The most common pulmonary alterations are edema and alveolar hemorrhage. The edema can be either cardiogenic or noncardiogenic (resulting from increased pulmonary capillary permeability). Autopsy findings show that alveolar hemorrhage is very common in this group, not only in the acute form but often in the chronic form, asymptomatic and without hemoptysis.(1,4,7,9,14)

Barotrauma can develop as the result of pronounced inspiratory effort, often followed by prolonged Valsalva maneuver and the uncontrollable coughing that accompanies the inhalation of crack smoke. The sudden increase in intrabronchial and intra-alveolar pressure, resulting in alveolar rupture and air in the interstitium, can cause pneumomediastinum, pneumothorax or pneumopericardium.(8,12)

The thermal aggression and airway injury resulting from the inhalation of extremely hot fumes or foreign bodies during smoking can be facilitated by the local anesthetic effect that cocaine has on the oral cavity and airways, together with the altered mental state that cocaine use promotes. This mechanism can lead to severe reactive airway disease and tracheal stenosis.(1) Finally, crack smoking can cause or contribute to the development of asthma, probably due to nonspecific irritation of the airways.(10)

One group of authors(8) assessed the chest X-rays of 71 crack users and found abnormalities in nine: atelectasis or focal consolidations in four, pneumomediastinum in two, pneumothorax in one, hemothorax in one and pulmonary edema in one.

Regarding the HRCT scan, the only study found in the literature reports that cardiogenic edema, as well as noncardiogenic edemas such as alveolar hemorrhage, can manifest as diffuse or ­multifocal pulmonary involvement, with ground-glass ­opacities, consolidations and smooth thickening of interlobular septa, with or without pleural effusion.(9) In our patient, alterations were located in the upper and middle lung fields, as is typically seen in inhalation-related lung diseases. Lesions are ­characterized by consolidations, peribronchial nodules and ground-glass opacities. Pulmonary alterations were extensive and had disappeared almost completely by the time of the control tomography scan, performed 15 days after drug use cessation and initiation of corticosteroid therapy.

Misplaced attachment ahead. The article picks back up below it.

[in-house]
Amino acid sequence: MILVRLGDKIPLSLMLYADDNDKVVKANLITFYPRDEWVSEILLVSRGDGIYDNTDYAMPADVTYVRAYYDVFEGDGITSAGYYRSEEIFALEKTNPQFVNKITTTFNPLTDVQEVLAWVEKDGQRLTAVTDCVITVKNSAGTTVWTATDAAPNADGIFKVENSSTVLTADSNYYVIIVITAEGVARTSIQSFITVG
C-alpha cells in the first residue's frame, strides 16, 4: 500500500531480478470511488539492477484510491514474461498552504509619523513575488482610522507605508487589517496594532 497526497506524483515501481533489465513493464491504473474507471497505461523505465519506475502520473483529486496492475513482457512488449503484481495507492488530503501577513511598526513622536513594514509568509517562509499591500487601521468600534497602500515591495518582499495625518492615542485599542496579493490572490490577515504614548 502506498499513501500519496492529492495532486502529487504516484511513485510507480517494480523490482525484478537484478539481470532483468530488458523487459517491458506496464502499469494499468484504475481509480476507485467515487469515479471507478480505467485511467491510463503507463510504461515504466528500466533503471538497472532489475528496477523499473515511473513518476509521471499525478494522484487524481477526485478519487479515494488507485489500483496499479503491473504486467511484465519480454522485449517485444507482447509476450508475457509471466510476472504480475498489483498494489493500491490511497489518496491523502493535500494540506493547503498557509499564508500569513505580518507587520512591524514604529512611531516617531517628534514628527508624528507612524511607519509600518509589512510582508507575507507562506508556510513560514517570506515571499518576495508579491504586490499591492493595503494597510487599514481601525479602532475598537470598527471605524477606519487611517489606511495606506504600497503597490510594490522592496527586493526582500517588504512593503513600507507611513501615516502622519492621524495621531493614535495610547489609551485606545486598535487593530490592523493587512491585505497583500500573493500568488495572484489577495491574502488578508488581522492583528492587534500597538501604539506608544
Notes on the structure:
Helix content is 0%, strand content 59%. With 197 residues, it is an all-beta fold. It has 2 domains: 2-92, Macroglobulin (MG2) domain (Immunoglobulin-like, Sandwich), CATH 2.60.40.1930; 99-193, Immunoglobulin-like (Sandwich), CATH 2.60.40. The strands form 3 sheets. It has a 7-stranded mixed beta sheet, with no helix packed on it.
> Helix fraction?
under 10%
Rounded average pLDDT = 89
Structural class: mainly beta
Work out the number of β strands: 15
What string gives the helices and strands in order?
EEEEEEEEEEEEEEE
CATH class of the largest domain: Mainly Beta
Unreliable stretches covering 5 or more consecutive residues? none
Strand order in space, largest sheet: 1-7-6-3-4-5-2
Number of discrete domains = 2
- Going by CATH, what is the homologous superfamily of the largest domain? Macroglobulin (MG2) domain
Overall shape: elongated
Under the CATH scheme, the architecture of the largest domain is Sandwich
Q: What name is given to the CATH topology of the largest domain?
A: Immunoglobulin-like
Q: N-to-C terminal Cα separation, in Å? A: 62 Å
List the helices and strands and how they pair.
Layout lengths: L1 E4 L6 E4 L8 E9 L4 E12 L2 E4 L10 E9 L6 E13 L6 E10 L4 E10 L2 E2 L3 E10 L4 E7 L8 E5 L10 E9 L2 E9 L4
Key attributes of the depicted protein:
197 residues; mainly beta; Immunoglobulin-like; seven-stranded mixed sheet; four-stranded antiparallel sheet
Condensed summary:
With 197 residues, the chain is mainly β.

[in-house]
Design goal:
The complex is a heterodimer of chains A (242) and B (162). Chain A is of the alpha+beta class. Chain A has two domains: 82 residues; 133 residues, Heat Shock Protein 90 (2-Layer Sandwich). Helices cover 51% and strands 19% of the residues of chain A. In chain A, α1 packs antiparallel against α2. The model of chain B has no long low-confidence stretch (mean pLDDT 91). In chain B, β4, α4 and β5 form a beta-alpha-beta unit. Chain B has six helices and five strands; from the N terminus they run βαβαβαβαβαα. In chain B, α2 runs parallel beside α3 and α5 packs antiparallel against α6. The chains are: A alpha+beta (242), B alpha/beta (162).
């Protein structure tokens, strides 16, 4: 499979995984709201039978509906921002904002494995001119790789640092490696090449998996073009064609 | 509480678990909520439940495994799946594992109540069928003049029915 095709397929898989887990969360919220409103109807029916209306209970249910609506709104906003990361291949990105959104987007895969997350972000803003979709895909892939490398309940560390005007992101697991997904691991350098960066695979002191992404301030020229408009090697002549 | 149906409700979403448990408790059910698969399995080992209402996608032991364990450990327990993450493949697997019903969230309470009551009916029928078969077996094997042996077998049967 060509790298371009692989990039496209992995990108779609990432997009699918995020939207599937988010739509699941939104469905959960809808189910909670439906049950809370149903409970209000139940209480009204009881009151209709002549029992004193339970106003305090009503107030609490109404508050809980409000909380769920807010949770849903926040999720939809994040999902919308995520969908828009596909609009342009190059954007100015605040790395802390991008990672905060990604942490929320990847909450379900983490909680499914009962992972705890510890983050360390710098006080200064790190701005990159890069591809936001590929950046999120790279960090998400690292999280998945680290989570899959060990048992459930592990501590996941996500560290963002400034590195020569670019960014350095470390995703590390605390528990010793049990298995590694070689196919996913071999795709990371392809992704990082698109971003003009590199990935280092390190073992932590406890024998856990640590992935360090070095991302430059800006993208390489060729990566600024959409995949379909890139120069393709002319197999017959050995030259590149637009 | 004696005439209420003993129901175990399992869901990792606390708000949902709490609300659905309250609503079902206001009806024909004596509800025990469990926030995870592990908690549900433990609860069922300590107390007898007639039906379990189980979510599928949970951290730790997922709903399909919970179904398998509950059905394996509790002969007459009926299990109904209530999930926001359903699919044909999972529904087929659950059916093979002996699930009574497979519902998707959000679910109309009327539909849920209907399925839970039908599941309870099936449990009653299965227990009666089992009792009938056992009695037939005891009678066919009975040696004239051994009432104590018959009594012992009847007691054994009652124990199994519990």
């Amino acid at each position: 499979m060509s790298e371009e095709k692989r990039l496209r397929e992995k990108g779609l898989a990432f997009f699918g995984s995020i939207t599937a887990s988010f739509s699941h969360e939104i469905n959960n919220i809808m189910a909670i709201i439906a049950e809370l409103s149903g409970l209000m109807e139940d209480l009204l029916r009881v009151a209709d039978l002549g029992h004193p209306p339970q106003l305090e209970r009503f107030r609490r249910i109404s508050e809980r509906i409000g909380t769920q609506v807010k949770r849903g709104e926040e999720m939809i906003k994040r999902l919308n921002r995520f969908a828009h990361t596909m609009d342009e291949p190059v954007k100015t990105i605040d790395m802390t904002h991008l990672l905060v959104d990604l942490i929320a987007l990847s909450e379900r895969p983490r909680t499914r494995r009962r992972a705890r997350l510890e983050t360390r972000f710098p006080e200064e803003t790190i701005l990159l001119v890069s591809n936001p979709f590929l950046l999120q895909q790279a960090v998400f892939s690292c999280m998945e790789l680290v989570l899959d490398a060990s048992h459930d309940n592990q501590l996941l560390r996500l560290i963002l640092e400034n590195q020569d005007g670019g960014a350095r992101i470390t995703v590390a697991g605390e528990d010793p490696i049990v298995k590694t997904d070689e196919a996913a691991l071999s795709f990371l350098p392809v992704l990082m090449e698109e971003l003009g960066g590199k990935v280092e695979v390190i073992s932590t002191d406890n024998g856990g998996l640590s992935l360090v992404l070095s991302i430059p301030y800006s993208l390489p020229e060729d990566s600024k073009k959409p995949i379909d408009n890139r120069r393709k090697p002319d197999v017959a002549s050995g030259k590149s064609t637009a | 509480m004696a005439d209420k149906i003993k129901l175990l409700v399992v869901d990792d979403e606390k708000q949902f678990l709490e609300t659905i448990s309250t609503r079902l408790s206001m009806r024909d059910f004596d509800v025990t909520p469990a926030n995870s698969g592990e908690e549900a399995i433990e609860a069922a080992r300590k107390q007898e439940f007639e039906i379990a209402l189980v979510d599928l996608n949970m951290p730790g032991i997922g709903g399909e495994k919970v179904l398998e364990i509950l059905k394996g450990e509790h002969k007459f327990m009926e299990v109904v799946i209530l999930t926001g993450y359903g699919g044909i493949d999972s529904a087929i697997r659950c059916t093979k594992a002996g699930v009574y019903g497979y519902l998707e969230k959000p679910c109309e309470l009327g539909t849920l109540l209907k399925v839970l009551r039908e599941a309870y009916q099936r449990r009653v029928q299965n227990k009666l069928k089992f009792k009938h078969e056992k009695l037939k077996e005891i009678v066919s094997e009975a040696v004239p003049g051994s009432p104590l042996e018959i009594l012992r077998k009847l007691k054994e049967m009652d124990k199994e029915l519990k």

The appearance of some cavitations where there had been consolidations should be highlighted. Some authors have reported pulmonary infarction after crack use, suggesting that pulmonary infarctions result from cocaine-induced vascular spasm, with endothelial lesion and the resulting in situ thrombosis, rather than from pulmonary embolism.(1,3) The cavitations observed in our patient probably resulted from pulmonary infarction.

The use of corticosteroid therapy is ­controversial. Some authors believe that there is no evidence that their use alters clinical evolution.(3) Others have treated patients with short courses of corticosteroids and have reported that their use can be beneficial.(13,15)

Although it cannot be stated that cocaine was unequivocally responsible for the acute pulmonary syndrome observed in our patient, the temporal relationship between the act of smoking crack and the symptom onset, together with the absence, as confirmed through clinical and laboratory tests, of other conditions that might have been responsible for the symptomatology, as well as the rapid resolution of pulmonary lesions after drug use was discontinued, allowed us to draw this correlation.

A significant increase in the use of crack cocaine has been observed in recent years. The attending physician should be alert to this diagnostic possibility, and know its multiple clinical and radiological manifestations. Again, it should be borne in mind that a history of drug use is often omitted by patients.

References


1. Laposata EA, Mayo GL. A review of pulmonary pathology and mechanisms associated with inhalation of freebase cocaine ("crack"). Am J Forensic Med Pathol. 1993;14(1):1-9.